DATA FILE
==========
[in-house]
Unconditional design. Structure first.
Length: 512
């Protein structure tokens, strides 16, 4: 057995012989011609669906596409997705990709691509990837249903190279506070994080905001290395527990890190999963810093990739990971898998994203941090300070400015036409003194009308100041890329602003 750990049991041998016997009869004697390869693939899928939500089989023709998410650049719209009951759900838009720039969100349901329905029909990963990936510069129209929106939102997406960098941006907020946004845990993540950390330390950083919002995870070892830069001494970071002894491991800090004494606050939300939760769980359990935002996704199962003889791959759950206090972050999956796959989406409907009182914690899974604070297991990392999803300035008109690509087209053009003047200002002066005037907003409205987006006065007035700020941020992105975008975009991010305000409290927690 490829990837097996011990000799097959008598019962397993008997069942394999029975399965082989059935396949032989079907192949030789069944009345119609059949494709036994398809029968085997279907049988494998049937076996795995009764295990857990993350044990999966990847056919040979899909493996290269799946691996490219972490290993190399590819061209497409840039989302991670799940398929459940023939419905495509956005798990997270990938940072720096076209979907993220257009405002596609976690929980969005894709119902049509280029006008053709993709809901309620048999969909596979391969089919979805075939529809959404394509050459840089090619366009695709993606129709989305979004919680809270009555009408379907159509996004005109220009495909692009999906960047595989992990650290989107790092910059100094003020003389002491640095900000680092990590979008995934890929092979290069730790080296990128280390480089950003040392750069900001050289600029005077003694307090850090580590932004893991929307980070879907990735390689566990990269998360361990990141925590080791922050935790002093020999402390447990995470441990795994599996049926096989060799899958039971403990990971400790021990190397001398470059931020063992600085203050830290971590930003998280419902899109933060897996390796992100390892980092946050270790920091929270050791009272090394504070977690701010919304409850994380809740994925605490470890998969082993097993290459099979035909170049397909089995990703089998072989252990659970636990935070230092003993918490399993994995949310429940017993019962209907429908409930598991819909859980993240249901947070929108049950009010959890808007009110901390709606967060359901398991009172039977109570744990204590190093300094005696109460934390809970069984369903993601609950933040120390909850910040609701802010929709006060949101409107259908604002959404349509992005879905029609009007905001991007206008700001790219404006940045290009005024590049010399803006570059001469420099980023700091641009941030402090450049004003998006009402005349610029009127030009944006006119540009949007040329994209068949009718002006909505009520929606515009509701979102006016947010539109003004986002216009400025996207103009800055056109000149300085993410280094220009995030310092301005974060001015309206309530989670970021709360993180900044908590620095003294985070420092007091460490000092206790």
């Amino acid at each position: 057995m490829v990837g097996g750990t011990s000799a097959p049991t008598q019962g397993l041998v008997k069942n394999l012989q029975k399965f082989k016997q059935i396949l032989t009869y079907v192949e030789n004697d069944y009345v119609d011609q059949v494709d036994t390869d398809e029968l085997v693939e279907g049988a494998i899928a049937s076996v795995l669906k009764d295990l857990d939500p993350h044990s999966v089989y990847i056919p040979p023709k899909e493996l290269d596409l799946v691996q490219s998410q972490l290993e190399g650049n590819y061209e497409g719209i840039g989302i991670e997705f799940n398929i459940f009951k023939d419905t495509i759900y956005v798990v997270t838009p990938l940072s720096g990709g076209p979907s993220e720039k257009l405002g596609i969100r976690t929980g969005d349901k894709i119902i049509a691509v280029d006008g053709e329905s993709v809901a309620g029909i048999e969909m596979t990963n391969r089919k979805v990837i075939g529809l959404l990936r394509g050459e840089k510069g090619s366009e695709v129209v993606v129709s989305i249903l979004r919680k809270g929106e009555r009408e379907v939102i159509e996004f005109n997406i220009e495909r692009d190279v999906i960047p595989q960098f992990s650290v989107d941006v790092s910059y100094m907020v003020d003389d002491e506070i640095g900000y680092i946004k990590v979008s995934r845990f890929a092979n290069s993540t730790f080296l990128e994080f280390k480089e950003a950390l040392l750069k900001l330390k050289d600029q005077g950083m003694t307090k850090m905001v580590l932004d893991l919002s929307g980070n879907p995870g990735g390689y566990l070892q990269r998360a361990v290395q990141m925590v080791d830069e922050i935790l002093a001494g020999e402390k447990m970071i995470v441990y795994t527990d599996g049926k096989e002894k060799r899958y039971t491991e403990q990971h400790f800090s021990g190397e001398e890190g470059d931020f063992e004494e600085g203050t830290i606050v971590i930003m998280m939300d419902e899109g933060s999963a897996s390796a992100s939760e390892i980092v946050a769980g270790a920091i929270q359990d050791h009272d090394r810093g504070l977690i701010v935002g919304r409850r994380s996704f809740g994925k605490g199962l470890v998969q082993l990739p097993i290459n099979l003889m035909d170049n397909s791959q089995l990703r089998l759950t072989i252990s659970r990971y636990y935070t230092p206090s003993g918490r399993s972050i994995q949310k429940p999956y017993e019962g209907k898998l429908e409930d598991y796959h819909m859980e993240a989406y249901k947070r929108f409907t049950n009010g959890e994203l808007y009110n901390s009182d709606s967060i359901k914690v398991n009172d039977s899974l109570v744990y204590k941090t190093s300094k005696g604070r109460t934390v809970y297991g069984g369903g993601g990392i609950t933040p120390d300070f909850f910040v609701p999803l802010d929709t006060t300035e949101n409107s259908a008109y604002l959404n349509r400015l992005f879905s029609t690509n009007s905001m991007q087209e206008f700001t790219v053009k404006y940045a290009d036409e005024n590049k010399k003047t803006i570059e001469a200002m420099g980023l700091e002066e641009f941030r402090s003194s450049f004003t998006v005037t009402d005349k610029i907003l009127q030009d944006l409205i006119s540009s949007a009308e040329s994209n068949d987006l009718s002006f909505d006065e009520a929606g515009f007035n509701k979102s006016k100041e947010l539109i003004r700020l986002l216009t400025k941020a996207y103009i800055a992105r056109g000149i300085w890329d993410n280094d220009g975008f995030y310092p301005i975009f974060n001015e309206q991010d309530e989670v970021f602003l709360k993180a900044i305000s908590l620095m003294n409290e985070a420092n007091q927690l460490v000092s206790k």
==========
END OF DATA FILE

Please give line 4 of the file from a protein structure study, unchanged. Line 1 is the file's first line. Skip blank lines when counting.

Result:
């Protein structure tokens, strides 16, 4: 057995012989011609669906596409997705990709691509990837249903190279506070994080905001290395527990890190999963810093990739990971898998994203941090300070400015036409003194009308100041890329602003 750990049991041998016997009869004697390869693939899928939500089989023709998410650049719209009951759900838009720039969100349901329905029909990963990936510069129209929106939102997406960098941006907020946004845990993540950390330390950083919002995870070892830069001494970071002894491991800090004494606050939300939760769980359990935002996704199962003889791959759950206090972050999956796959989406409907009182914690899974604070297991990392999803300035008109690509087209053009003047200002002066005037907003409205987006006065007035700020941020992105975008975009991010305000409290927690 490829990837097996011990000799097959008598019962397993008997069942394999029975399965082989059935396949032989079907192949030789069944009345119609059949494709036994398809029968085997279907049988494998049937076996795995009764295990857990993350044990999966990847056919040979899909493996290269799946691996490219972490290993190399590819061209497409840039989302991670799940398929459940023939419905495509956005798990997270990938940072720096076209979907993220257009405002596609976690929980969005894709119902049509280029006008053709993709809901309620048999969909596979391969089919979805075939529809959404394509050459840089090619366009695709993606129709989305979004919680809270009555009408379907159509996004005109220009495909692009999906960047595989992990650290989107790092910059100094003020003389002491640095900000680092990590979008995934890929092979290069730790080296990128280390480089950003040392750069900001050289600029005077003694307090850090580590932004893991929307980070879907990735390689566990990269998360361990990141925590080791922050935790002093020999402390447990995470441990795994599996049926096989060799899958039971403990990971400790021990190397001398470059931020063992600085203050830290971590930003998280419902899109933060897996390796992100390892980092946050270790920091929270050791009272090394504070977690701010919304409850994380809740994925605490470890998969082993097993290459099979035909170049397909089995990703089998072989252990659970636990935070230092003993918490399993994995949310429940017993019962209907429908409930598991819909859980993240249901947070929108049950009010959890808007009110901390709606967060359901398991009172039977109570744990204590190093300094005696109460934390809970069984369903993601609950933040120390909850910040609701802010929709006060949101409107259908604002959404349509992005879905029609009007905001991007206008700001790219404006940045290009005024590049010399803006570059001469420099980023700091641009941030402090450049004003998006009402005349610029009127030009944006006119540009949007040329994209068949009718002006909505009520929606515009509701979102006016947010539109003004986002216009400025996207103009800055056109000149300085993410280094220009995030310092301005974060001015309206309530989670970021709360993180900044908590620095003294985070420092007091460490000092206790």